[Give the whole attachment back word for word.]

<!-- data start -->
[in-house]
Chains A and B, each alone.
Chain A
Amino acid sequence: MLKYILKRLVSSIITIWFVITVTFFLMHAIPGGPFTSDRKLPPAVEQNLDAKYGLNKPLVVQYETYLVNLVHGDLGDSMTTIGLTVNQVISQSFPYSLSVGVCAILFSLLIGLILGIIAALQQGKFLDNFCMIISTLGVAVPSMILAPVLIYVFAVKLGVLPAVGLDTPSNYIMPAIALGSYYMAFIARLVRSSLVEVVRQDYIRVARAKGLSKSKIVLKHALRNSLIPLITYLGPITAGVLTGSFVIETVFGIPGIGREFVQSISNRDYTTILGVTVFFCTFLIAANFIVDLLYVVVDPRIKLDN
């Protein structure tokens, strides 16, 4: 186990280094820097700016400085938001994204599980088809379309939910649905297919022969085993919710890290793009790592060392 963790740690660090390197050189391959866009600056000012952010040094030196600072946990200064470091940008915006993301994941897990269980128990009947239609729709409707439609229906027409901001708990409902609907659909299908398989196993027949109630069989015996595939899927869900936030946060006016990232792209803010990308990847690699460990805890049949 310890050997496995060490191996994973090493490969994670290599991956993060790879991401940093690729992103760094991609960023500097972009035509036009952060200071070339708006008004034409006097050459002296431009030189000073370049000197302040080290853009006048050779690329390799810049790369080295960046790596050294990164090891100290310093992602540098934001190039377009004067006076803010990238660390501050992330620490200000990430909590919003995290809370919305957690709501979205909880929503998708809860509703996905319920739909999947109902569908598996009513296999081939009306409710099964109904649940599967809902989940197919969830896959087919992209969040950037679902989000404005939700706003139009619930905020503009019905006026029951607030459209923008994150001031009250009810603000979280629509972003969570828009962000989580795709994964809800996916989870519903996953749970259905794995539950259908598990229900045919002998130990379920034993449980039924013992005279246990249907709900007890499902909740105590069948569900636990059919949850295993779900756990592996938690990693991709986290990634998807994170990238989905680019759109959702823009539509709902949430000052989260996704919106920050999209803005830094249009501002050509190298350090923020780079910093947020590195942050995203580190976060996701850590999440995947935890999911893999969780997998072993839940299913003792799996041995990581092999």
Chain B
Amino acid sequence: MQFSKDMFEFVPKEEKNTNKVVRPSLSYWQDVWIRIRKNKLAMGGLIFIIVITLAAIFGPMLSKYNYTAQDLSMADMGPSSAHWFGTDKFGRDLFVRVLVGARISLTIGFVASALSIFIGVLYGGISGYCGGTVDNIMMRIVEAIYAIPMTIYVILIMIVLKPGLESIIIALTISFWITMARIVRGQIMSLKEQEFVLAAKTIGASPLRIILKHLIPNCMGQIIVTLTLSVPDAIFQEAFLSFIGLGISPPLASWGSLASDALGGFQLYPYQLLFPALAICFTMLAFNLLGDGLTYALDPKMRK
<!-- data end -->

[in-house]
Chains A and B, each alone.
Chain A
Amino acid sequence: MLKYILKRLVSSIITIWFVITVTFFLMHAIPGGPFTSDRKLPPAVEQNLDAKYGLNKPLVVQYETYLVNLVHGDLGDSMTTIGLTVNQVISQSFPYSLSVGVCAILFSLLIGLILGIIAALQQGKFLDNFCMIISTLGVAVPSMILAPVLIYVFAVKLGVLPAVGLDTPSNYIMPAIALGSYYMAFIARLVRSSLVEVVRQDYIRVARAKGLSKSKIVLKHALRNSLIPLITYLGPITAGVLTGSFVIETVFGIPGIGREFVQSISNRDYTTILGVTVFFCTFLIAANFIVDLLYVVVDPRIKLDN
């Protein structure tokens, strides 16, 4: 186990280094820097700016400085938001994204599980088809379309939910649905297919022969085993919710890290793009790592060392 963790740690660090390197050189391959866009600056000012952010040094030196600072946990200064470091940008915006993301994941897990269980128990009947239609729709409707439609229906027409901001708990409902609907659909299908398989196993027949109630069989015996595939899927869900936030946060006016990232792209803010990308990847690699460990805890049949 310890050997496995060490191996994973090493490969994670290599991956993060790879991401940093690729992103760094991609960023500097972009035509036009952060200071070339708006008004034409006097050459002296431009030189000073370049000197302040080290853009006048050779690329390799810049790369080295960046790596050294990164090891100290310093992602540098934001190039377009004067006076803010990238660390501050992330620490200000990430909590919003995290809370919305957690709501979205909880929503998708809860509703996905319920739909999947109902569908598996009513296999081939009306409710099964109904649940599967809902989940197919969830896959087919992209969040950037679902989000404005939700706003139009619930905020503009019905006026029951607030459209923008994150001031009250009810603000979280629509972003969570828009962000989580795709994964809800996916989870519903996953749970259905794995539950259908598990229900045919002998130990379920034993449980039924013992005279246990249907709900007890499902909740105590069948569900636990059919949850295993779900756990592996938690990693991709986290990634998807994170990238989905680019759109959702823009539509709902949430000052989260996704919106920050999209803005830094249009501002050509190298350090923020780079910093947020590195942050995203580190976060996701850590999440995947935890999911893999969780997998072993839940299913003792799996041995990581092999």
Chain B
Amino acid sequence: MQFSKDMFEFVPKEEKNTNKVVRPSLSYWQDVWIRIRKNKLAMGGLIFIIVITLAAIFGPMLSKYNYTAQDLSMADMGPSSAHWFGTDKFGRDLFVRVLVGARISLTIGFVASALSIFIGVLYGGISGYCGGTVDNIMMRIVEAIYAIPMTIYVILIMIVLKPGLESIIIALTISFWITMARIVRGQIMSLKEQEFVLAAKTIGASPLRIILKHLIPNCMGQIIVTLTLSVPDAIFQEAFLSFIGLGISPPLASWGSLASDALGGFQLYPYQLLFPALAICFTMLAFNLLGDGLTYALDPKMRK